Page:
I delight in seeing the first flowers of spring. I love to see to garden flowers, native flowers, and even the flowers that would be considered weeds, spring to life.
I used to think of humans as separate from nature. I thought of going out into the wilderness as this special time to leave behind the civilized human world and enter the world of nature. I have realized that humans are, of course, as much a part of nature as anything else, and our actions here on this side of the fence have massive repercussions in the natural world. In college, I began to learn more and more about the interconnectedness of life, about ecosystems, food webs, pollution, and natural cycles.
I majored in English. I love the outdoors, and part of me always wanted to major in biology, ecology, or environmental science, but I had a hard time sitting through biology lectures focused on the world at a cellular level. Lately, though, I have begun to see the benefits of understanding these small but immensely important cycles going on all the time. The sharing of molecules between life forms is what physically connects me to so many other living things.
As an example, I will use three creatures commonly found in my backyard—myself, a mosquito, and a bird.
Only breeding female mosquitoes feed on blood. Male mosquitoes and females who are not breeding feed on nectar from flowers or get sugars from rotting fruit. Blood is a protein boost for mothers only.
We live on a greenbelt backed up to a little swamp, and some years the mosquitoes are so thick we can hardly be out in the yard (a common Alaskan experience). The few milligrams of blood a mosquito takes when she bites me are an unnoticeable loss to me, but they double the mosquito’s body weight.
Within an hour of biting me, she will have dumped about half of the water and salt from the blood she consumed. She will digest the remaining blood cells, and my proteins will become the yolk in a set of mosquito eggs. That’s why only breeding females will feed on blood—it is their ticket to fertility, the key to egg-laying. Those hundreds of mosquito bites we itch every summer are the precursors to mosquito motherhood.
When she is ready, the mosquito will lay her eggs, possibly in the stagnant waters of the swamp not far from my yard. These eggs, created from the proteins in my blood, will hatch and wreak havoc on me or my mom as we kneel in the garden as we plant or pull weeds.
While the female mosquito is focused on getting proteins to lay her eggs, a breeding female bird is on a desperate hunt for enough calcium to make her eggshells. Some larger species of birds can store excess calcium in their bones to be used at egg-laying time, but smaller birds must consume a large amount of calcium right before laying eggs.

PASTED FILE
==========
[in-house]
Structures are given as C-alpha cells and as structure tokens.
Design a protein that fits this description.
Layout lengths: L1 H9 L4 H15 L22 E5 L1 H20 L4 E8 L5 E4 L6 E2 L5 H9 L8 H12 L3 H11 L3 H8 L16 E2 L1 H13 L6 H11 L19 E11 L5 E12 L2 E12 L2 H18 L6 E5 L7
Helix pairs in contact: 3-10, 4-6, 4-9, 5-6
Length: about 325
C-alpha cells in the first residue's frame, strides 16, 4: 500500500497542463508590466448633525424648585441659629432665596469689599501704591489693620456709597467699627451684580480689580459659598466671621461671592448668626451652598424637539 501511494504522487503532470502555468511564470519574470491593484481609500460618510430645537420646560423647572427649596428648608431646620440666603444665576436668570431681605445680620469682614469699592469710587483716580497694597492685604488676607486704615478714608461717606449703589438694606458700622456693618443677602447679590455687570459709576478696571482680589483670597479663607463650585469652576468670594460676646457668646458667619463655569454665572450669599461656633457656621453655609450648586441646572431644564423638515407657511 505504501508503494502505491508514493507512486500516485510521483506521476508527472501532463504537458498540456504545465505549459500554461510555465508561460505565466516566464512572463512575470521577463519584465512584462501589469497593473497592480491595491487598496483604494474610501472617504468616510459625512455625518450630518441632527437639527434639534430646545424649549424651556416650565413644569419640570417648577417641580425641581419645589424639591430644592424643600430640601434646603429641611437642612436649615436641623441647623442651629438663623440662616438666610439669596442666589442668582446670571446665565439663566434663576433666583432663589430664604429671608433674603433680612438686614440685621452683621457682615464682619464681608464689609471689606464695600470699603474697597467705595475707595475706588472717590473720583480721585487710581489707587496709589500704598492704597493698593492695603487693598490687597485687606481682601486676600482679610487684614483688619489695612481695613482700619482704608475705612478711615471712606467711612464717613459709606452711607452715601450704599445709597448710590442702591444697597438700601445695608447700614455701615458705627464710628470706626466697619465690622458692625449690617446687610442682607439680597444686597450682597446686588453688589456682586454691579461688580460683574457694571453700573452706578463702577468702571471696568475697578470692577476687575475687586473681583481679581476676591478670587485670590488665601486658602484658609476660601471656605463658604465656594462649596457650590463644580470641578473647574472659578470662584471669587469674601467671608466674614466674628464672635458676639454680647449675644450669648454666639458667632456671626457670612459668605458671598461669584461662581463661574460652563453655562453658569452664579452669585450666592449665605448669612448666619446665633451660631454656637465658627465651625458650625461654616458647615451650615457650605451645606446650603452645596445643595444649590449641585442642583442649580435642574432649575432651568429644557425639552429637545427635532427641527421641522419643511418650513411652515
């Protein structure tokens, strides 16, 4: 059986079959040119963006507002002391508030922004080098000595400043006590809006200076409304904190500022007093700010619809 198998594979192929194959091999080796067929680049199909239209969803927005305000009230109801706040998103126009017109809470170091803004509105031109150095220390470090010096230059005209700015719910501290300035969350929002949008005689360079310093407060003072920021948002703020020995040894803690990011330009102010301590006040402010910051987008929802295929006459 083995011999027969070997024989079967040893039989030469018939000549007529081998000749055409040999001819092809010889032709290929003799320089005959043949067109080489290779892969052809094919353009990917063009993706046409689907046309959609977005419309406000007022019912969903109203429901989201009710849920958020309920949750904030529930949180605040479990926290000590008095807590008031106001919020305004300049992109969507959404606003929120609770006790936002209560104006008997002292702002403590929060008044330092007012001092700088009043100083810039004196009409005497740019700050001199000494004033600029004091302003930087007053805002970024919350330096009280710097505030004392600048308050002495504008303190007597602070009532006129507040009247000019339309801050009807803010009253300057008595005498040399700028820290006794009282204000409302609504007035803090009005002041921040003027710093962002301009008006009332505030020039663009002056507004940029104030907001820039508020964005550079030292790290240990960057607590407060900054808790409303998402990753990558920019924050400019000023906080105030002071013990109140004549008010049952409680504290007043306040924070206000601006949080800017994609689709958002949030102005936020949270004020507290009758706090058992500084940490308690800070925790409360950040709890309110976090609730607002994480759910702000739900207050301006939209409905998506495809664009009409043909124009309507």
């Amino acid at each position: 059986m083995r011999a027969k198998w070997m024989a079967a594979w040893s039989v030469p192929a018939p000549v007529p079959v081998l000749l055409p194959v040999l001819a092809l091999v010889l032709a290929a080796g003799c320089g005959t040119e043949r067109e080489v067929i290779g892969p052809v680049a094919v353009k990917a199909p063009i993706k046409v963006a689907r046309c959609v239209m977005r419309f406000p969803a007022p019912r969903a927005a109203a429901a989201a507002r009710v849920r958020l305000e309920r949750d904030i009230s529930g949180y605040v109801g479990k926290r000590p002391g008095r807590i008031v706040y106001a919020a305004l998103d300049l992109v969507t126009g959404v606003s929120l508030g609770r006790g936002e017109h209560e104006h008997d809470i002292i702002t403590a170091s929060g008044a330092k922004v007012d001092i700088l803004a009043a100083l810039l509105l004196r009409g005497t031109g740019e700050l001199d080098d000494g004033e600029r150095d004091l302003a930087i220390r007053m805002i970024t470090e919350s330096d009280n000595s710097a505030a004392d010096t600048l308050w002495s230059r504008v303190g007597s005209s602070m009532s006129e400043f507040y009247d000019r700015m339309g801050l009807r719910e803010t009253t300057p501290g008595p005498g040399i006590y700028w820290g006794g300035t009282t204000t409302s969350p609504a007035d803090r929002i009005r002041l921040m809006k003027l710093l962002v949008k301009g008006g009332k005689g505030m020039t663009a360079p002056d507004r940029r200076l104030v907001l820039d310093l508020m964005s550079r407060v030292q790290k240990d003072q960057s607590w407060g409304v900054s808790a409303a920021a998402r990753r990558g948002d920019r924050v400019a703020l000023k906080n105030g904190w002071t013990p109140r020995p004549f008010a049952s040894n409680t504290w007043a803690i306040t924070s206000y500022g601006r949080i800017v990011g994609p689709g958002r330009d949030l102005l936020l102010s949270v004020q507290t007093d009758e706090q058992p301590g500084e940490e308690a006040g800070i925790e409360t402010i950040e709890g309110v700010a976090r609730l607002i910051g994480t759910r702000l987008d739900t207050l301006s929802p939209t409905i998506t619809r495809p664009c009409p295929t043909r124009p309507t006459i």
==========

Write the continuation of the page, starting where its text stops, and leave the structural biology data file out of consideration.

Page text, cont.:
Birds often find calcium in the sheets of calcium carbonate that make up snail shells. We don’t have snails in our garden, but birds can also obtain calcium from old moose antlers or animal bones, from the mineral deposits in soil, or even by eating the old pieces of other birds’ eggshells (I’m glad I can just get calcium from the Costco chocolate calcium chews and the milk I put on my cereal).
As a young bird grows inside its egg, it pulls calcium out of the shell, progressively chipping away at the walls of its home, and turning the calcium into bone. These bones may fly all the way to South America or up to Prudhoe Bay. They may fly right back to my yard the next spring, and when the bird lays her eggs, the calcium will again be returned to this soil. My blood may join the calcium from an eggshell in the young bird that eats or is bitten by a passing mosquito.
David George Haskell writes, “This physical connection to the rest of nature is often unseen… [These] are acts that create a community, that keep us welded into existence, but that mostly pass unacknowledged.”
The connections through the millions of molecules we eat or breathe or lose to mosquitoes are too many and often too complex for us to even begin to comprehend, but the point is to know the connections are there. We live in community with everything around us. Nothing is separate.
Now appearing: Hellebore
I love early spring, when the first flowers come out. They are always such a nice surprise, and fill my head with thoughts of spring sunshine. The first ones I notice are usually the crocuses with their bright colors popping up out of an otherwise colorless palette. When I saw them this year, I thought, "I must get some pics of this beauty," but then they were gone. It seemed that just a few days later, when I brought my camera out, they had already faded into the earth.
It seems like this is how it is with so many things in life—I say to myself, "I will stop and smell the flowers later." Why do I wait? The time to cherish the beauty in life is now. Our society has such an emphasis on getting our work done and being productive that we sometimes forget to balance our business with the enjoyment of life. Small wonders are here for us now, and the crocuses were planted so that we could enjoy their beauty just as they arrive. They don't wait for anyone. So, should I arrange my schedule around the spontaneous beauty that pops up around me? Can I learn to breathe in the beauty and enjoy it when it is there?
I can, and I will! I think my photography can help me with this. Next time I find myself saying, "I should get my camera and take a picture of this," let that be a hint to myself that it is time to stop and smell the flowers along the way.